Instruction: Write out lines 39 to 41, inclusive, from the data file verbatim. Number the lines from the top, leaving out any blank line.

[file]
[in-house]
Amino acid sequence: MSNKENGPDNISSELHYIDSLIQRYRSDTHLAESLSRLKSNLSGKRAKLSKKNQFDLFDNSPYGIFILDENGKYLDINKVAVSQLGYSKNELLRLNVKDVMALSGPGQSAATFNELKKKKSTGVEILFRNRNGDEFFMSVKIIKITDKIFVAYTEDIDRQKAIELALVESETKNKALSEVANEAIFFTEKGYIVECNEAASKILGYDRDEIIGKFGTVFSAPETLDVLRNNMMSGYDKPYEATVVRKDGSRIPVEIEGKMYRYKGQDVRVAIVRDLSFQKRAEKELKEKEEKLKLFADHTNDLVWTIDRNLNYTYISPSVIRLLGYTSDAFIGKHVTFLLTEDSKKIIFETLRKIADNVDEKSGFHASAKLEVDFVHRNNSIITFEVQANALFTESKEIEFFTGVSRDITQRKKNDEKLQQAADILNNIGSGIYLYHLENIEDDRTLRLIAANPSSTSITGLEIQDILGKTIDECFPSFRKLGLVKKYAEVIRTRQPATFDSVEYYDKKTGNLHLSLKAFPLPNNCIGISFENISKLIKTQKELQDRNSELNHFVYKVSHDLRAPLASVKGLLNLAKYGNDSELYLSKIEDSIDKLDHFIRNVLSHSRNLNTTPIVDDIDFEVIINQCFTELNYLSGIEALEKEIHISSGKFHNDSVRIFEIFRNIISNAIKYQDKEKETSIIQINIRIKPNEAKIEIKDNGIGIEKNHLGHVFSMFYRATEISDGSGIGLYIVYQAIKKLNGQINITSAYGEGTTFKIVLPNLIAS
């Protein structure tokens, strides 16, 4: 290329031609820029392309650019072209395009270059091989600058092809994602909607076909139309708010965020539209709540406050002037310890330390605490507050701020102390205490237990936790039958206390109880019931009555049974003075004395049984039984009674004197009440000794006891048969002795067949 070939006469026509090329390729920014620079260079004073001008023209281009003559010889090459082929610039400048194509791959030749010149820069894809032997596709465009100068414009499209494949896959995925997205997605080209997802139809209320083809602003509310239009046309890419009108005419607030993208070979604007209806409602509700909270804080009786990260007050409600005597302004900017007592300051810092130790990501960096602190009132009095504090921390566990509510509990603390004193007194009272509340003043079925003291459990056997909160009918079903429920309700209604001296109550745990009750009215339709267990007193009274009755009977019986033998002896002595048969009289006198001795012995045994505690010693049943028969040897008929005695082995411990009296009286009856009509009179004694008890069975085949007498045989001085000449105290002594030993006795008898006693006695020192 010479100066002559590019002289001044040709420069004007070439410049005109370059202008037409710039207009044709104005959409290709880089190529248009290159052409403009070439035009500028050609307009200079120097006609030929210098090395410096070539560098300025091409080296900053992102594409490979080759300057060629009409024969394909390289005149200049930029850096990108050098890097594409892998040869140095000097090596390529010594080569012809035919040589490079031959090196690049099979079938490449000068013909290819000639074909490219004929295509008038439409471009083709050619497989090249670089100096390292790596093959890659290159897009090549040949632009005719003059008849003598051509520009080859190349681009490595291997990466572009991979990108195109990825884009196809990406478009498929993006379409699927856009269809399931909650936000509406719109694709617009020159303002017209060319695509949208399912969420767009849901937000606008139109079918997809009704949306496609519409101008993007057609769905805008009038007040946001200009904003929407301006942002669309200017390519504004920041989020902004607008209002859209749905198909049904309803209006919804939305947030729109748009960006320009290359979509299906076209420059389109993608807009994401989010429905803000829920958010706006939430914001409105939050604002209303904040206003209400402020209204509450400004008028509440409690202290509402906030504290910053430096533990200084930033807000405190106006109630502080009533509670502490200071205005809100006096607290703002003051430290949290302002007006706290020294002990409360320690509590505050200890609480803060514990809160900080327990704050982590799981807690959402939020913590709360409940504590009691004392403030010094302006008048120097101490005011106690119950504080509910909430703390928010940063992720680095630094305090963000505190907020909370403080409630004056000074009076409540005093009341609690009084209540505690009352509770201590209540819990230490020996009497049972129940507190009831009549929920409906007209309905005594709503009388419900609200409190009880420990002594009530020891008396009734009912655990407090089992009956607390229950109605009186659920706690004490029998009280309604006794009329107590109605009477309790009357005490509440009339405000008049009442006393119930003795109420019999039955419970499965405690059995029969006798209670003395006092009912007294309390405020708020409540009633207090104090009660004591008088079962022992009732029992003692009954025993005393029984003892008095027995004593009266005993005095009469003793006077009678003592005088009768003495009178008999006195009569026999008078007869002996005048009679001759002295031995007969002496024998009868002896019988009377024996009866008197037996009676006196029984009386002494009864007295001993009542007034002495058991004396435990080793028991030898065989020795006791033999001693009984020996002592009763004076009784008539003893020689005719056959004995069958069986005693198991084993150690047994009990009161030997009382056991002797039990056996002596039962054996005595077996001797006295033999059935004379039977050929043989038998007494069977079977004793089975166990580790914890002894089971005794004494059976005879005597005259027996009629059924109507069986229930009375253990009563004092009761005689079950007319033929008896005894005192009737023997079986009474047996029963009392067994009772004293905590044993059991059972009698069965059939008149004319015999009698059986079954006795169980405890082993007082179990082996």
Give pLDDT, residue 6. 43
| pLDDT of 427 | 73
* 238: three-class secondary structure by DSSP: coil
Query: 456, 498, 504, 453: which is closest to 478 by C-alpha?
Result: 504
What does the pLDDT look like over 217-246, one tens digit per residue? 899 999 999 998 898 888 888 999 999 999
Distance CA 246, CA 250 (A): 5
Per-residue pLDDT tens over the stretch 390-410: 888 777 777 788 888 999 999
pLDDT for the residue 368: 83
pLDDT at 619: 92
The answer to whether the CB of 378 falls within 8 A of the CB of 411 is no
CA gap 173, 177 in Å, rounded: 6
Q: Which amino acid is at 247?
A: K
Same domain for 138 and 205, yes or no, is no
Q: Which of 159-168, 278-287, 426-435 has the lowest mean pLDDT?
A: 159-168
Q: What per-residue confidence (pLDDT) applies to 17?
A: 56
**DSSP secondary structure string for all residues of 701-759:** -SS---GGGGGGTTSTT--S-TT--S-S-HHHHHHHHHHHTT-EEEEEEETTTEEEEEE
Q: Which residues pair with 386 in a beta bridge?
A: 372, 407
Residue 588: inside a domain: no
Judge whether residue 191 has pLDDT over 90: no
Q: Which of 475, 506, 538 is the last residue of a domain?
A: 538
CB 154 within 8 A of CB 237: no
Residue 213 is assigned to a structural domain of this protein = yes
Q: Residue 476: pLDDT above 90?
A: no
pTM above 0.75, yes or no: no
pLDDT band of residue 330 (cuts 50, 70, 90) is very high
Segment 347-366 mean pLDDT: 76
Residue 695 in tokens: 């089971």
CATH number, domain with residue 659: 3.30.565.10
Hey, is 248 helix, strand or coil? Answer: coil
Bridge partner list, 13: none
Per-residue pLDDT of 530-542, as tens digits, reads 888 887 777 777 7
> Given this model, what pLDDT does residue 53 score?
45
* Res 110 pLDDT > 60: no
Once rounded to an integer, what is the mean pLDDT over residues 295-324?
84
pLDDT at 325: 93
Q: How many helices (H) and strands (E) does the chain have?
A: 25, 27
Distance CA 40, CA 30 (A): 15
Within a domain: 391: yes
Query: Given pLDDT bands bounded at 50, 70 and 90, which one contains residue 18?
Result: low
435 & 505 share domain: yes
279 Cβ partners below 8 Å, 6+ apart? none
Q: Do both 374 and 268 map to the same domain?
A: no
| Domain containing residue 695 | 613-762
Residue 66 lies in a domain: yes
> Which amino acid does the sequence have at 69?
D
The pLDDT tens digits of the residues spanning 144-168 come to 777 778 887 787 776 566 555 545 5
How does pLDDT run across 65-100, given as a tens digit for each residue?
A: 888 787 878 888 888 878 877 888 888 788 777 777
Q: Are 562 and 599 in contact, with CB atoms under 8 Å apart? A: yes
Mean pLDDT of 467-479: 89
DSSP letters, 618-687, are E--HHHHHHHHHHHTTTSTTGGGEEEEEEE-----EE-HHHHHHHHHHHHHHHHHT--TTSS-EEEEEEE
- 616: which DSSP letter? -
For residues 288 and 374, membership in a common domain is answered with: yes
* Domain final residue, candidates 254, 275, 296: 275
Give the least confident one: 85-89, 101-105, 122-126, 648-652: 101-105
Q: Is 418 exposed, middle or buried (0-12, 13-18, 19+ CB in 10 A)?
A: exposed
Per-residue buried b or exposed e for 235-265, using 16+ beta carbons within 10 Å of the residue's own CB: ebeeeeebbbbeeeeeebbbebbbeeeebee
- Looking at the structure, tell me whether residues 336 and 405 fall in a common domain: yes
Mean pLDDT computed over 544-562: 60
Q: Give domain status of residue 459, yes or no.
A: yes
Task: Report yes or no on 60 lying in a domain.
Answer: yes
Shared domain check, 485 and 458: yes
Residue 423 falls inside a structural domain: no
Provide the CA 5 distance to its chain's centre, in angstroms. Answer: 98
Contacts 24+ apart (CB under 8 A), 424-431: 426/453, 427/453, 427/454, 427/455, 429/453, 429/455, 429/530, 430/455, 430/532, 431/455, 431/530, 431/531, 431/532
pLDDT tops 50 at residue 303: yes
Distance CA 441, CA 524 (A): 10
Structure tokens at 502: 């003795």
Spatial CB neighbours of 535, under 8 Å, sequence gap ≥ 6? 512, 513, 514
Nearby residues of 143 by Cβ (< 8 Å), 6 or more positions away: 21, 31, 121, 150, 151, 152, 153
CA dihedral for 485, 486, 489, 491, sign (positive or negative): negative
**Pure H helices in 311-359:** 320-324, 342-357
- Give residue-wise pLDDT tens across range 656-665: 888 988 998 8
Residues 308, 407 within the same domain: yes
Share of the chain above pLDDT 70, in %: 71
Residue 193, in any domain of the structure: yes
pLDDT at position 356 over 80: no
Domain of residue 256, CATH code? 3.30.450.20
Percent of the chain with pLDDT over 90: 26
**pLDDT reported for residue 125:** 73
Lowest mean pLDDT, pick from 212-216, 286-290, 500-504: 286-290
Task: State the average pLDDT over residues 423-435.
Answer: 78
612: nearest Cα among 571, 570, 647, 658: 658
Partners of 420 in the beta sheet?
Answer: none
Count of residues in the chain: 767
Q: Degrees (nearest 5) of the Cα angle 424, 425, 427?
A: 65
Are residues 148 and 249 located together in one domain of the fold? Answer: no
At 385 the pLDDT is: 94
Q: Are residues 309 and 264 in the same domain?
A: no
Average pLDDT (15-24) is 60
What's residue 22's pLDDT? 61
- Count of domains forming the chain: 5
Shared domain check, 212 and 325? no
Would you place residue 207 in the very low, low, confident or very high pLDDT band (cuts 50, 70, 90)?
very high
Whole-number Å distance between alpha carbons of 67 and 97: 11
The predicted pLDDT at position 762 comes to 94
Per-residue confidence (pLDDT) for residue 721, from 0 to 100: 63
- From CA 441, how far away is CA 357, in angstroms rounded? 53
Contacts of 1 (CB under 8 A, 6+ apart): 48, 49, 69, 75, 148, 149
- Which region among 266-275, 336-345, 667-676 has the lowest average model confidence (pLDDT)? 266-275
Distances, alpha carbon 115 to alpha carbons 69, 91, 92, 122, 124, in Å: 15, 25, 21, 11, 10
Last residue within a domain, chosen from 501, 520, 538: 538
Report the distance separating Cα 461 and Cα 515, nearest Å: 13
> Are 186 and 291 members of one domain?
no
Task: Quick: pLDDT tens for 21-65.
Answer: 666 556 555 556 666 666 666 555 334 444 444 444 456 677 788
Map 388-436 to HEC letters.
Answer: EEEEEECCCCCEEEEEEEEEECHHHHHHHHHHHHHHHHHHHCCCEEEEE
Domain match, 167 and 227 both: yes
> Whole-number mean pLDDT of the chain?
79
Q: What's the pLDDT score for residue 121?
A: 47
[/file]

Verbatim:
Hey, is 248 helix, strand or coil? Answer: coil
Bridge partner list, 13: none
Per-residue pLDDT of 530-542, as tens digits, reads 888 887 777 777 7